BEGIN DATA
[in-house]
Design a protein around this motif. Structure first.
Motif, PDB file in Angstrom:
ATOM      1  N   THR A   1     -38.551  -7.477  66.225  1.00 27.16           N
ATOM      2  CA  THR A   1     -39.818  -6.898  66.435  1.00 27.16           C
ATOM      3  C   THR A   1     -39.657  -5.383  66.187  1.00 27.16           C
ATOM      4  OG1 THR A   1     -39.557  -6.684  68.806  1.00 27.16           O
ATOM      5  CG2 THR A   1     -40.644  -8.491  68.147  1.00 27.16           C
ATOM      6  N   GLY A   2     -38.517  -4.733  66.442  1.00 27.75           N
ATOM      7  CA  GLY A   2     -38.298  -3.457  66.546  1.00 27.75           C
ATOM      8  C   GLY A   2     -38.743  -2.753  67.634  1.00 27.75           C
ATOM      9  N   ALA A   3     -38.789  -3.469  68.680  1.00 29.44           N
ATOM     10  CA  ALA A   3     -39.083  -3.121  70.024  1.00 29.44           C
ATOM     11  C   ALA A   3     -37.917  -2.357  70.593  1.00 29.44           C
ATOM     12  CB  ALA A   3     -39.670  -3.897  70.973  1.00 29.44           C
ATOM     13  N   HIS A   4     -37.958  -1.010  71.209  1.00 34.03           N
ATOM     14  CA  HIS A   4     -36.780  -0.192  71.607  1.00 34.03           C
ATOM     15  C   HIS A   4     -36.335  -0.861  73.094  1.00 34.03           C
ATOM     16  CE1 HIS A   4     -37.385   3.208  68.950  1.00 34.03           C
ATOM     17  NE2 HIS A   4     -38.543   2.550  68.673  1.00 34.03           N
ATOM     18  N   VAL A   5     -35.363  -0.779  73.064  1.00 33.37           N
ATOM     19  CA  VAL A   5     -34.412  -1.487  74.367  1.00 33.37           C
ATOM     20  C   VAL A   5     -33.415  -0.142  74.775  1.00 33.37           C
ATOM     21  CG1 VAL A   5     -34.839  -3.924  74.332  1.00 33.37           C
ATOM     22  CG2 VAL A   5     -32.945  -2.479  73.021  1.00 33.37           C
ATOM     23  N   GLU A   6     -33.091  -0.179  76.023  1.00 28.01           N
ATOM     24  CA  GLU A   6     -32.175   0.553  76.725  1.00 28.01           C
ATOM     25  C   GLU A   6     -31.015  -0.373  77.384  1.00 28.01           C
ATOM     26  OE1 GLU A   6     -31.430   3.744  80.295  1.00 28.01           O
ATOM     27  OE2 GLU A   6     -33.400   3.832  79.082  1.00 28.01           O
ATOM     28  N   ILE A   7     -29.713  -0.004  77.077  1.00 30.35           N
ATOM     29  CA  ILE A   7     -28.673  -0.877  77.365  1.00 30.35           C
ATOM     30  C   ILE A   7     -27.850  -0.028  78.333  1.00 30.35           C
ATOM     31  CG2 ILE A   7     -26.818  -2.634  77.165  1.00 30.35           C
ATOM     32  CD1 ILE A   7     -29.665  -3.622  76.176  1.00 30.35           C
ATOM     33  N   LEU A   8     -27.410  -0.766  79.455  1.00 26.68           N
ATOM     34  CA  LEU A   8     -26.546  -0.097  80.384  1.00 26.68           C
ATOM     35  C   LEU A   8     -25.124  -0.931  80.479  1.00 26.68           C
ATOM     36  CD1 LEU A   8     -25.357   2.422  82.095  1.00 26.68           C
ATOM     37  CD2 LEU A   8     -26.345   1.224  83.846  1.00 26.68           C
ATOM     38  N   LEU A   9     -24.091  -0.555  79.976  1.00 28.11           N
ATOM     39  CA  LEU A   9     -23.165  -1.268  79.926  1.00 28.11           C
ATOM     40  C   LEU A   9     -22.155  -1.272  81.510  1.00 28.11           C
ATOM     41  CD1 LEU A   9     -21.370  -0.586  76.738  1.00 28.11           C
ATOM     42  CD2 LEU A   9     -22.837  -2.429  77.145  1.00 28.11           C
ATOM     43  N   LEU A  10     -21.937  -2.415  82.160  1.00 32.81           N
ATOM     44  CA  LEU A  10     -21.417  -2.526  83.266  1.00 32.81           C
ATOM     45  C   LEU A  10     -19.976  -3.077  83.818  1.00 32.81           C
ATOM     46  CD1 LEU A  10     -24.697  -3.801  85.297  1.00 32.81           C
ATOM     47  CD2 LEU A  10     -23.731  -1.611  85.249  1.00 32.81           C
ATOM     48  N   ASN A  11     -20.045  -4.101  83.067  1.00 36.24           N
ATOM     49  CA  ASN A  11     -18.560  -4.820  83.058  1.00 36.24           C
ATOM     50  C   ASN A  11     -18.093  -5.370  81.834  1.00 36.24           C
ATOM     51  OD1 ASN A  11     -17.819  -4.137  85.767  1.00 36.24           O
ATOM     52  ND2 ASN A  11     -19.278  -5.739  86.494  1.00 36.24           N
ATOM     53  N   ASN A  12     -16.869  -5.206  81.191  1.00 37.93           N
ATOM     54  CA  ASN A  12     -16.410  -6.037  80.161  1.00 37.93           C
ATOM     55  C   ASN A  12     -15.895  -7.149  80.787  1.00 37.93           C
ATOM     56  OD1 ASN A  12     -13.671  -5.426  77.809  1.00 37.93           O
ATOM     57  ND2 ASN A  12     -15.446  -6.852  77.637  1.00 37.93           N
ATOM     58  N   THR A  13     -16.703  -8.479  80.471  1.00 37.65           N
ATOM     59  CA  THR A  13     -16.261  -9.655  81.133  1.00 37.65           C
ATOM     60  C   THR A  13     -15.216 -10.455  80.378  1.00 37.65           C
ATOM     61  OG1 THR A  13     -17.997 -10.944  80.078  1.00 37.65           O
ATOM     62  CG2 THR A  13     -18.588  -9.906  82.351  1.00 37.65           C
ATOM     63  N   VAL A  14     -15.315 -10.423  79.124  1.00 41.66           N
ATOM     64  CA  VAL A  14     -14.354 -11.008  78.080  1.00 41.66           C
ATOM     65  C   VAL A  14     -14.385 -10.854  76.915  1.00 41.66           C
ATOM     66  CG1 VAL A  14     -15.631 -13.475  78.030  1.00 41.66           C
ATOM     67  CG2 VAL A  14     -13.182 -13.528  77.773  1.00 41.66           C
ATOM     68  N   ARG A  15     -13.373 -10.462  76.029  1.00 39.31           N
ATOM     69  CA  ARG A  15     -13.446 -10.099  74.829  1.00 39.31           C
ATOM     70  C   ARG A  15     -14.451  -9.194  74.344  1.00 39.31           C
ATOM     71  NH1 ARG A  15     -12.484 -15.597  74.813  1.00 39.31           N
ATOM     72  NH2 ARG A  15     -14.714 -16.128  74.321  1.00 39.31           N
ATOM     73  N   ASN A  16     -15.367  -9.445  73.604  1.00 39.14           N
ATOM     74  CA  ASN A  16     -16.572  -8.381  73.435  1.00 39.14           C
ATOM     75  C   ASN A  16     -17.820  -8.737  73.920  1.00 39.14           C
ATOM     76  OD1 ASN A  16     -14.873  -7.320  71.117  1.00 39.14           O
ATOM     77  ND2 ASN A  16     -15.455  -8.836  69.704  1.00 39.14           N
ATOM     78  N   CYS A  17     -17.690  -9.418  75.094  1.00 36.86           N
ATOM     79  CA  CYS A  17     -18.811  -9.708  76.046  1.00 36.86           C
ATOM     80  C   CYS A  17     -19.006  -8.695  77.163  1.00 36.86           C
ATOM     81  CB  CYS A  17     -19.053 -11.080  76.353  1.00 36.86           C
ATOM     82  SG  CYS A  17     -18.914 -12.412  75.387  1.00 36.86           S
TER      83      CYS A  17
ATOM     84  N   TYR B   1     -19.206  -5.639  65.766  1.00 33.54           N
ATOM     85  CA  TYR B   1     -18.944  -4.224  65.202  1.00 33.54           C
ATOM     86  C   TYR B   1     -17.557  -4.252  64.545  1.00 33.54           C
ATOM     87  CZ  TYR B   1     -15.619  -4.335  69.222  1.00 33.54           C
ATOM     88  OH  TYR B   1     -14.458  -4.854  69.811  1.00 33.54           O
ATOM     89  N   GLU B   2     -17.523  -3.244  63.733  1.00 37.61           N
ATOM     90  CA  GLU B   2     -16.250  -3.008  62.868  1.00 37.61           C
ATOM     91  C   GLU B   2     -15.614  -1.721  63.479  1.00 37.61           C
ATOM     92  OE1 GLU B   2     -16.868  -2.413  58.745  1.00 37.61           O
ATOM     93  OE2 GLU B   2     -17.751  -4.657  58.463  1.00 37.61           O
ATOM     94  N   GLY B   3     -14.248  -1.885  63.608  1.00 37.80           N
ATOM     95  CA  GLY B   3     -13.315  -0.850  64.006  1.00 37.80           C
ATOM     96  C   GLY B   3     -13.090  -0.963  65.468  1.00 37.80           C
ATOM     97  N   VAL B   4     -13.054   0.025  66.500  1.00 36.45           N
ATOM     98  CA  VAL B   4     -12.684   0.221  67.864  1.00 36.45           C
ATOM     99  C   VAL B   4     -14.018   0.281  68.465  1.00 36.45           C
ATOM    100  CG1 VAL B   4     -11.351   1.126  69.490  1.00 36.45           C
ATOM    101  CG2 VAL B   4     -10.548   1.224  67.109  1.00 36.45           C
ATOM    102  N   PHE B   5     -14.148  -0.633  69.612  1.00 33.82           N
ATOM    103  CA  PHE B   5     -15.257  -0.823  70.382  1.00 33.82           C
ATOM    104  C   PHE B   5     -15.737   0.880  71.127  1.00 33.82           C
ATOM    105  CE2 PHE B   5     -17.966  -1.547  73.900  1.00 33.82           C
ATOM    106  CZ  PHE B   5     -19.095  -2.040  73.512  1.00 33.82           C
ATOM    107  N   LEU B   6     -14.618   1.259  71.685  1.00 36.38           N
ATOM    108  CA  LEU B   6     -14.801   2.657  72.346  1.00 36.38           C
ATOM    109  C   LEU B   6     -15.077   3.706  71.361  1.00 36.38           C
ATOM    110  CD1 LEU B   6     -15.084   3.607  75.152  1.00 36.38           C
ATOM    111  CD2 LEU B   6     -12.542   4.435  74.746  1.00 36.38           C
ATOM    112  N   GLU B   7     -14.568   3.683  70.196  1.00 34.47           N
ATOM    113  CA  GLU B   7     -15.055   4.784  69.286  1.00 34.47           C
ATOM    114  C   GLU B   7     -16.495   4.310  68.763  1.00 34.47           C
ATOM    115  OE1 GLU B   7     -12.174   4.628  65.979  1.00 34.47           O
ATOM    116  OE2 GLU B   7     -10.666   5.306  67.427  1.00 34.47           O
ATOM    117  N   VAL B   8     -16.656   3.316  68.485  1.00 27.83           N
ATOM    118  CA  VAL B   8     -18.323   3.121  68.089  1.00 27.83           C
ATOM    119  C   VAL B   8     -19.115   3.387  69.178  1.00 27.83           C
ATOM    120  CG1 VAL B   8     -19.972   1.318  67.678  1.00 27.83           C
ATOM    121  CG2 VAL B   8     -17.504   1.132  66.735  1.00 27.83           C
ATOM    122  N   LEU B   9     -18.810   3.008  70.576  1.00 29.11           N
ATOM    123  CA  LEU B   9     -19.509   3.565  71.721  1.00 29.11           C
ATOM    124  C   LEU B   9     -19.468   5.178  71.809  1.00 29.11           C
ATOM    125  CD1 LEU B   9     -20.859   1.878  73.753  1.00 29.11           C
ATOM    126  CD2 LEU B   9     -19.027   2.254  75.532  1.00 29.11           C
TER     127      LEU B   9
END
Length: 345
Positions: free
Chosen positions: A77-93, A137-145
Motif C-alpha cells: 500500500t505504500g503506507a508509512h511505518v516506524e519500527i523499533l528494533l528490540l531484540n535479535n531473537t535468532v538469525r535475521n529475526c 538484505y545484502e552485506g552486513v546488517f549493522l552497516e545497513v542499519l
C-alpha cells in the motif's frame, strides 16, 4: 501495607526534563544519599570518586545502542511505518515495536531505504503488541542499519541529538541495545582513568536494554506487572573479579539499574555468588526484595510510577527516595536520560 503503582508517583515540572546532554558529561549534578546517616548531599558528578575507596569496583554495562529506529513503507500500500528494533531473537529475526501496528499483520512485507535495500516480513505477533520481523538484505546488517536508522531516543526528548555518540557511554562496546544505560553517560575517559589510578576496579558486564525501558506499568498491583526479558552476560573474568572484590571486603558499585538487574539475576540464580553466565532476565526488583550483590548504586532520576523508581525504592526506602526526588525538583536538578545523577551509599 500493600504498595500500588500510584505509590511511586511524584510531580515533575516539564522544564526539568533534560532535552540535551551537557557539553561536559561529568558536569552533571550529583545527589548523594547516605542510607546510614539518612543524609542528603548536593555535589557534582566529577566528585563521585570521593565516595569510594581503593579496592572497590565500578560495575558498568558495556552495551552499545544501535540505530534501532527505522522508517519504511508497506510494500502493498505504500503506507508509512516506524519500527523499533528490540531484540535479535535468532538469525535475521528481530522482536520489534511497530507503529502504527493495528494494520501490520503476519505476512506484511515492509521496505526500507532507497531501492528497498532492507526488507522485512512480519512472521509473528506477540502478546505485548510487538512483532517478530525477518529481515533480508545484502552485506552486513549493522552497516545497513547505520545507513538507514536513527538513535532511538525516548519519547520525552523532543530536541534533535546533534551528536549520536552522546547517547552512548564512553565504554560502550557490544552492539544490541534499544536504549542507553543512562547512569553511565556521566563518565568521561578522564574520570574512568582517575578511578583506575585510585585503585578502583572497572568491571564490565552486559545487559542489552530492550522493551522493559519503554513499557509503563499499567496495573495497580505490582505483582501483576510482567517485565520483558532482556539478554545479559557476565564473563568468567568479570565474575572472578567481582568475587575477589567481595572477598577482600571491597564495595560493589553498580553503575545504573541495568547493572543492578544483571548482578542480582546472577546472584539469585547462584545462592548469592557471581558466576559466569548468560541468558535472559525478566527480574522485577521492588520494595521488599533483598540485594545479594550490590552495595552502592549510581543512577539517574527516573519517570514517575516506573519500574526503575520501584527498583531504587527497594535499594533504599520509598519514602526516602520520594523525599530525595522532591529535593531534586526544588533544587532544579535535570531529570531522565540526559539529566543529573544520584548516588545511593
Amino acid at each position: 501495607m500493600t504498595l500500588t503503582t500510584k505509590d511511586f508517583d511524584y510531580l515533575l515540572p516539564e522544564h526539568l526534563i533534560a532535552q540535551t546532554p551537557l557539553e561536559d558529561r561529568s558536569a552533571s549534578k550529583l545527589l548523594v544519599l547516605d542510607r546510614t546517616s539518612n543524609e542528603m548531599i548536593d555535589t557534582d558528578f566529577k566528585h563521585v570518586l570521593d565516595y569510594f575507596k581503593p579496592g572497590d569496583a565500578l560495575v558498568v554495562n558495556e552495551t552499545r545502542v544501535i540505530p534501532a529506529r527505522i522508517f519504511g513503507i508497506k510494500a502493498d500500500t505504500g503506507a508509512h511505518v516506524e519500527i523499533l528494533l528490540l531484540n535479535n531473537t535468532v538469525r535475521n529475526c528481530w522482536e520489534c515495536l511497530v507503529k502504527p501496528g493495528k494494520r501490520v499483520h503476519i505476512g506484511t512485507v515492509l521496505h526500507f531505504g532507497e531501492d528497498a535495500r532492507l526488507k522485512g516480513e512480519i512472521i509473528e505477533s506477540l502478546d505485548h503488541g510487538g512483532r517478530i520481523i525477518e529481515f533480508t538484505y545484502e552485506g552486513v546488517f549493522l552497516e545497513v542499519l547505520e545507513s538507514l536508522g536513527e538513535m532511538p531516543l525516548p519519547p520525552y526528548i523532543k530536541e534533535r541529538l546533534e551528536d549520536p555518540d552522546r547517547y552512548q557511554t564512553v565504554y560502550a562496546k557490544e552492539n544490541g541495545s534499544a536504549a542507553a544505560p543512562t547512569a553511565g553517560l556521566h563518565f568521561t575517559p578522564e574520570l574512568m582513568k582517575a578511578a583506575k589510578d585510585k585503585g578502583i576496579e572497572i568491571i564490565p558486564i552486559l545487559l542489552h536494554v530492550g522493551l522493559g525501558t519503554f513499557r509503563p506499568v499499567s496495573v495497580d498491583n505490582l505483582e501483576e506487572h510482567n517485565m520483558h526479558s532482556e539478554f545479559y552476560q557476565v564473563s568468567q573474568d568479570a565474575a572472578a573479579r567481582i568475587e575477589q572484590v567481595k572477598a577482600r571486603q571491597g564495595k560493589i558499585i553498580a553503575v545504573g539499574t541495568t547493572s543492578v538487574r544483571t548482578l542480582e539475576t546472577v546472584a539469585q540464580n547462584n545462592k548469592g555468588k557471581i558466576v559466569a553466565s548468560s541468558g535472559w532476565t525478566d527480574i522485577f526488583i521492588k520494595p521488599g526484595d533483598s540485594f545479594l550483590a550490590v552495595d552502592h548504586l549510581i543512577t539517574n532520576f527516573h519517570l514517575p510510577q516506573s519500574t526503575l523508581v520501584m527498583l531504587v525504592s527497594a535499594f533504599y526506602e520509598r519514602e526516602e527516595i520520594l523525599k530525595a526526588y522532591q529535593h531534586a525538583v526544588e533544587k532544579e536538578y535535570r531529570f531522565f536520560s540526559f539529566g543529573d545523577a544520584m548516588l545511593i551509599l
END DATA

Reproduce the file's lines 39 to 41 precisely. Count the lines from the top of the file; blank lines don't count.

ATOM     36  CD1 LEU A   8     -25.357   2.422  82.095  1.00 26.68           C
ATOM     37  CD2 LEU A   8     -26.345   1.224  83.846  1.00 26.68           C
ATOM     38  N   LEU A   9     -24.091  -0.555  79.976  1.00 28.11           N